Christmas Broadcast 1958

Published 25 December 1958

Every year I look forward to opening the letters, parcels and telegrams that come to me from all parts of the world.

The Queen's Christmas Broadcast in 1958 focused on some of the journeys soon to be made around the Commonwealth by herself and members of the Royal Family. The broadcast was made live from the Long Library at Sandringham, Norfolk.

A happy Christmas to you all.

Every year I look forward to opening the letters, parcels and telegrams that come to me from all parts of the world. My husband and children join me in thanking all of you who have sent us your good wishes for Christmas and the New Year.

Some of you have written to say that you would like to see our children on television this afternoon. We value your interest in them and I can assure you that we have thought about this a great deal before deciding against it.

We would like our son and daughter to grow up as normally as possible so that they will be able to serve you and the Commonwealth faithfully and well when they are old enough to do so. We believe that public life is not a fair burden to place on growing children. I'm sure that all of you who are parents will understand.

Very soon now we shall be entering into the uncertainty and promise of a new year. I hope very much that it proves to be a year of progress and happiness for us all.

My family and I are looking forward to it, especially because many of us will be travelling to different parts of the world and hope to see more of you than ever before.

In three weeks' time my husband goes to India and Pakistan and then on across the Pacific. My mother is going to East Africa and my uncle, The Duke of Gloucester, and his wife, will be travelling as my representatives to Nigeria.

My aunt, The Duchess of Kent, and my cousin, Princess Alexandra, are also undertaking long journeys. Together they will be visiting Central and South America in the spring and, later, Princess Alexandra goes to Australia to attend the centenary celebrations of the state of Queensland.

In June, my husband and I will be going to Canada once again. You'll remember that my sister, Princess Margaret, was there earlier this year. This time we go primarily to open the great St. Lawrence Seaway, but we shall be visiting many other parts of the country as well.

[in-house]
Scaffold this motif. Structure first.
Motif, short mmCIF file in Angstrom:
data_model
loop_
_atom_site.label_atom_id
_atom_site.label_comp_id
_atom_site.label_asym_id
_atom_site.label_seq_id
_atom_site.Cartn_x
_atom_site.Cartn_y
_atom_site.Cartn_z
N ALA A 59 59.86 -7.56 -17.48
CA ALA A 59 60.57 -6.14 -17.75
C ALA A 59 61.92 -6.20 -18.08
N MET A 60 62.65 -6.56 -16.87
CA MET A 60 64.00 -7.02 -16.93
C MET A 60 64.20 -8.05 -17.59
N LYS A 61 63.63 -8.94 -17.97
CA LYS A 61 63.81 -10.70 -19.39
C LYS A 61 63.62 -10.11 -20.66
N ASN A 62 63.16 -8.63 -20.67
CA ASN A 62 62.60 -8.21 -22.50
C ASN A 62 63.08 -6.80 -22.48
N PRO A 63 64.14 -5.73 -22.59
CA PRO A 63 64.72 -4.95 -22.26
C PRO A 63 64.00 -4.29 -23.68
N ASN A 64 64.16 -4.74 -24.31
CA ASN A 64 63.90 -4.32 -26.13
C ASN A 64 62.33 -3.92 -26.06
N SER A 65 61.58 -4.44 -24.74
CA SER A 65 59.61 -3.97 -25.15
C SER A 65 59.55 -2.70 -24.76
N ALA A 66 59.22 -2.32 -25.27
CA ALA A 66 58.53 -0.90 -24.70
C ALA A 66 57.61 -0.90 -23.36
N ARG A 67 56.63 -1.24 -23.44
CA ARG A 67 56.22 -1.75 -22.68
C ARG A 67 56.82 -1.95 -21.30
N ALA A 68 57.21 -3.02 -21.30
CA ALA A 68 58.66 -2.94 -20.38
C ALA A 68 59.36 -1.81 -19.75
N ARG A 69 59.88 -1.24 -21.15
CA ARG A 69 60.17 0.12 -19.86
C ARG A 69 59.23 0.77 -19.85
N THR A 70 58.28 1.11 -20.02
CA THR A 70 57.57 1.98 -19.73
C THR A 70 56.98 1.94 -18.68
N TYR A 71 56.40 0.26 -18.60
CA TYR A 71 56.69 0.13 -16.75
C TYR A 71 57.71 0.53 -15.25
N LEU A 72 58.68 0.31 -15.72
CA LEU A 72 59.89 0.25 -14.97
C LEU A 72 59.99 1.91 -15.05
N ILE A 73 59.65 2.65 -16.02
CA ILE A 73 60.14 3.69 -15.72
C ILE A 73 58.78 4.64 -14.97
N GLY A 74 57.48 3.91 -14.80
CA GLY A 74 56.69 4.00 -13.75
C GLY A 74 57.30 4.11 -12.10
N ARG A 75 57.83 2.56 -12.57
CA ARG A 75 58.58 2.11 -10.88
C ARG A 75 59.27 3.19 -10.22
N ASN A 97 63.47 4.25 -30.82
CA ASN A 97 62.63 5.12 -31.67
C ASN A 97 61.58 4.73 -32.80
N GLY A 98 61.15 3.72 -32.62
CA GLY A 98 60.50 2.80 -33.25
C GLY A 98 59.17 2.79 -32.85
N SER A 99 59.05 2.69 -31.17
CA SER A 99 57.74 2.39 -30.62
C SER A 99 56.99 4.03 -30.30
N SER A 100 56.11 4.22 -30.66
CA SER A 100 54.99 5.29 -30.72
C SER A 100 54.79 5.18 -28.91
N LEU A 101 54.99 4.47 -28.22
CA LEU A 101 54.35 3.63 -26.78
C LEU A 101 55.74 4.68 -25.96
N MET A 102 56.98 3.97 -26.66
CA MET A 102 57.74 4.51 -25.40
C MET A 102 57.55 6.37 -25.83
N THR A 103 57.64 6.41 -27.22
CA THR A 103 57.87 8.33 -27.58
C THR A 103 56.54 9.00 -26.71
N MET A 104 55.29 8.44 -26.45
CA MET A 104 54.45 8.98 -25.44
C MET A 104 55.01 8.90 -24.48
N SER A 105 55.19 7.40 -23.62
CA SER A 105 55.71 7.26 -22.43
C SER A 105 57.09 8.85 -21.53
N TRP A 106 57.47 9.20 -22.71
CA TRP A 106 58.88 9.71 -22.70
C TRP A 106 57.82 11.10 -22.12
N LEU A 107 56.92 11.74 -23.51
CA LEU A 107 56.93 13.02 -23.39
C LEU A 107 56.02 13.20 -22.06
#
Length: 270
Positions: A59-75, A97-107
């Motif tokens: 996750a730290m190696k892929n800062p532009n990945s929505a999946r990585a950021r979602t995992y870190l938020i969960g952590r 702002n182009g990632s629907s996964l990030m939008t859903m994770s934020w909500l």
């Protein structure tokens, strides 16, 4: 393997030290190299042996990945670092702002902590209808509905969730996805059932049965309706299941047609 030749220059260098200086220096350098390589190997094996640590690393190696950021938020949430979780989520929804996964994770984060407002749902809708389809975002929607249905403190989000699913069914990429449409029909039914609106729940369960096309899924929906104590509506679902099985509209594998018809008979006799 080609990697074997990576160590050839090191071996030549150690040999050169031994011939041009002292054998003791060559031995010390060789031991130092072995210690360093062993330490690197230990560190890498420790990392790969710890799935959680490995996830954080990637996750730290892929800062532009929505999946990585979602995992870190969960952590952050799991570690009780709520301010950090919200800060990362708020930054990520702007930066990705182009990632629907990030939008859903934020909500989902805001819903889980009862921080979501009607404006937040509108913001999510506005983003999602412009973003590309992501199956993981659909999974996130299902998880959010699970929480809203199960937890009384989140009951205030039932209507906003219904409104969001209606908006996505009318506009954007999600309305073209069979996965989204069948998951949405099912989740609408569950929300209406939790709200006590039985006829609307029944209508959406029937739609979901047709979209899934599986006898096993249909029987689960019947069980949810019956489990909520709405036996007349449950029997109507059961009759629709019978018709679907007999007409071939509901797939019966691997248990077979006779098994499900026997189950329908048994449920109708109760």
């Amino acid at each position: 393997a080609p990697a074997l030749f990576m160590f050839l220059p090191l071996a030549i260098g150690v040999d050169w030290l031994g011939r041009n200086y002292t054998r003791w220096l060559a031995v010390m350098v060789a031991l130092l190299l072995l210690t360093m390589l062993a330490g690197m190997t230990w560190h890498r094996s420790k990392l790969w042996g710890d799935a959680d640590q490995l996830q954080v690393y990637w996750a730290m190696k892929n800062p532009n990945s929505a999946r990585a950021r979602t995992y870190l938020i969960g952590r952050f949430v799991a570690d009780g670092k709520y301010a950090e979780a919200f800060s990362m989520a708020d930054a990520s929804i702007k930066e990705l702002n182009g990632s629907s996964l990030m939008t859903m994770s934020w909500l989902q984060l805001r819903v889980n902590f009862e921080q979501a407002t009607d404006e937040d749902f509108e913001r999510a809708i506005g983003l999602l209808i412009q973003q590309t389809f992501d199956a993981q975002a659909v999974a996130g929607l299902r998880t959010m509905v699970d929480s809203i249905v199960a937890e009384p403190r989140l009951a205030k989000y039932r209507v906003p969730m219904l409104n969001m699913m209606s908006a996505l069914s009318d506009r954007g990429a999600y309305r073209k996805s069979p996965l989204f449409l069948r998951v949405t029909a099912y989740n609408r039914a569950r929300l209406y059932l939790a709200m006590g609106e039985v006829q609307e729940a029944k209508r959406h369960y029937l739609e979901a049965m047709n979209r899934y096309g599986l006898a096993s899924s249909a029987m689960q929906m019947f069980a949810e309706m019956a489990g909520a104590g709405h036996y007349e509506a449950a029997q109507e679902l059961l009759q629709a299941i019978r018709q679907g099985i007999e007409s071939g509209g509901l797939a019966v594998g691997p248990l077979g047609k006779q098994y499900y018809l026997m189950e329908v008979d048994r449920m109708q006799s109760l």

Lastly - towards the end of the year - we are going to Ghana and on our way back we intend to visit my people in Sierra Leone and the Gambia.

So, between us, we are going to many parts of the world. We have no plans for space travel - at the moment.

To Christians all over the world, Christmas is an occasion for family gatherings and celebrations, for presents and parties, for friendship and good will.

To many of my people Christmas doesn't have the same religious significance, but friendship and good will are common to us all. So it's a good time to remember those around us who are far from home, feeling perhaps strange and lonely.

My own thoughts are with the men and women and children from other parts of the Commonwealth who have come to live and work in the great cities of this country and may well be missing the warmth and sunshine of their homelands.

In recent years the Commonwealth countries have been making a great co-operative effort to raise standards of living. Even so, the pace of our everyday life has been such that there has hardly been time to enjoy the things which appeal to men's minds and which make life a full experience.

After all, our standard of living has a spiritual as well as a material aspect. The genius of scientists, inventors and engineers can make life more comfortable and prosperous.

But throughout history the spiritual and intellectual aspirations of mankind have been inspired by prophets and dreamers, philosophers, men of ideas and poets, artists in paint, sculpture and music, the whole company who challenge and encourage or who entertain and give pleasure.

To their number I would add the teachers in Church, school and university, whose enormous job it is to awaken the minds of the younger generations and instil into them the essence of our accumulated civilisation.

I am sure that many of you have thought about these things before, but it seems to me that Christmas is just the time to be grateful to those who add fullness to our lives.

Even so we need something more. We all need the kind of security that one gets from a happy and united family. Before I return to mine let me once again wish every one of you a very happy Christmas from all of us here at Sandringham, and may God's blessing be with you in the coming year.